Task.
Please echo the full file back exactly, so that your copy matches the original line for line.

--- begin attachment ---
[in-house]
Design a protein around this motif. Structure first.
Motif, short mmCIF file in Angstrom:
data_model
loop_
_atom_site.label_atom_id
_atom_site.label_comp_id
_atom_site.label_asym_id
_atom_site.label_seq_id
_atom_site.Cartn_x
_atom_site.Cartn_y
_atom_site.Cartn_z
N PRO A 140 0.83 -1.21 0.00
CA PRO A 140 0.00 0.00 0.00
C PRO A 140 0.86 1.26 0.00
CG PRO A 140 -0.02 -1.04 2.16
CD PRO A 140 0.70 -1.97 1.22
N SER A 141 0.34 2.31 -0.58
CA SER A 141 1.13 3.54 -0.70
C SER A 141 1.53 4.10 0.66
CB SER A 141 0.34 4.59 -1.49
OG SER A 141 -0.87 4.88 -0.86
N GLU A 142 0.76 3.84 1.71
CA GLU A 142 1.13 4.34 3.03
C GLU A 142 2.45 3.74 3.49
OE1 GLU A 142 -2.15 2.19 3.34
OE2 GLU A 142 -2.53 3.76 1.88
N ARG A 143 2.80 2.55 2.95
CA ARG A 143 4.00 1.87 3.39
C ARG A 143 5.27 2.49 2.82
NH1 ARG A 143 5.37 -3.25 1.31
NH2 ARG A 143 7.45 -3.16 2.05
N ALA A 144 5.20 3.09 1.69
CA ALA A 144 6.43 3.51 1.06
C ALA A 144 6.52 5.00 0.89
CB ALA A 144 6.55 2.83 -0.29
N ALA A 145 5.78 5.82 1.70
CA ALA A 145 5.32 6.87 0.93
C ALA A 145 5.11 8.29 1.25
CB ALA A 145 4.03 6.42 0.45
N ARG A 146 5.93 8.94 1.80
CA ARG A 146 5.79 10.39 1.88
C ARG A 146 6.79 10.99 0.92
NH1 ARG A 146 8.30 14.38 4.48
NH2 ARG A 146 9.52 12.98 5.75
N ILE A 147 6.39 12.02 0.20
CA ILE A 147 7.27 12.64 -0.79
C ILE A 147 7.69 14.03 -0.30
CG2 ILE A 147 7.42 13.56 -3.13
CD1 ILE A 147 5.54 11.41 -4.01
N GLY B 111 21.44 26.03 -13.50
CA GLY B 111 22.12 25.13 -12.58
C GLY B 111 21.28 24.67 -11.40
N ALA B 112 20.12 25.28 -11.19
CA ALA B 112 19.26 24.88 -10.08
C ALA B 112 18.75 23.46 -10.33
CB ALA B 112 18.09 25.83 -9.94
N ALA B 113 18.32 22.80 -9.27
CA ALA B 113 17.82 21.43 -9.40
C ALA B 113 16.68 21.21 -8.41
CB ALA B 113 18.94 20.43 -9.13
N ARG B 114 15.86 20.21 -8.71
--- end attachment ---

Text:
[in-house]
Design a protein around this motif. Structure first.
Motif, short mmCIF file in Angstrom:
data_model
loop_
_atom_site.label_atom_id
_atom_site.label_comp_id
_atom_site.label_asym_id
_atom_site.label_seq_id
_atom_site.Cartn_x
_atom_site.Cartn_y
_atom_site.Cartn_z
N PRO A 140 0.83 -1.21 0.00
CA PRO A 140 0.00 0.00 0.00
C PRO A 140 0.86 1.26 0.00
CG PRO A 140 -0.02 -1.04 2.16
CD PRO A 140 0.70 -1.97 1.22
N SER A 141 0.34 2.31 -0.58
CA SER A 141 1.13 3.54 -0.70
C SER A 141 1.53 4.10 0.66
CB SER A 141 0.34 4.59 -1.49
OG SER A 141 -0.87 4.88 -0.86
N GLU A 142 0.76 3.84 1.71
CA GLU A 142 1.13 4.34 3.03
C GLU A 142 2.45 3.74 3.49
OE1 GLU A 142 -2.15 2.19 3.34
OE2 GLU A 142 -2.53 3.76 1.88
N ARG A 143 2.80 2.55 2.95
CA ARG A 143 4.00 1.87 3.39
C ARG A 143 5.27 2.49 2.82
NH1 ARG A 143 5.37 -3.25 1.31
NH2 ARG A 143 7.45 -3.16 2.05
N ALA A 144 5.20 3.09 1.69
CA ALA A 144 6.43 3.51 1.06
C ALA A 144 6.52 5.00 0.89
CB ALA A 144 6.55 2.83 -0.29
N ALA A 145 5.78 5.82 1.70
CA ALA A 145 5.32 6.87 0.93
C ALA A 145 5.11 8.29 1.25
CB ALA A 145 4.03 6.42 0.45
N ARG A 146 5.93 8.94 1.80
CA ARG A 146 5.79 10.39 1.88
C ARG A 146 6.79 10.99 0.92
NH1 ARG A 146 8.30 14.38 4.48
NH2 ARG A 146 9.52 12.98 5.75
N ILE A 147 6.39 12.02 0.20
CA ILE A 147 7.27 12.64 -0.79
C ILE A 147 7.69 14.03 -0.30
CG2 ILE A 147 7.42 13.56 -3.13
CD1 ILE A 147 5.54 11.41 -4.01
N GLY B 111 21.44 26.03 -13.50
CA GLY B 111 22.12 25.13 -12.58
C GLY B 111 21.28 24.67 -11.40
N ALA B 112 20.12 25.28 -11.19
CA ALA B 112 19.26 24.88 -10.08
C ALA B 112 18.75 23.46 -10.33
CB ALA B 112 18.09 25.83 -9.94
N ALA B 113 18.32 22.80 -9.27
CA ALA B 113 17.82 21.43 -9.40
C ALA B 113 16.68 21.21 -8.41
CB ALA B 113 18.94 20.43 -9.13
N ARG B 114 15.86 20.21 -8.71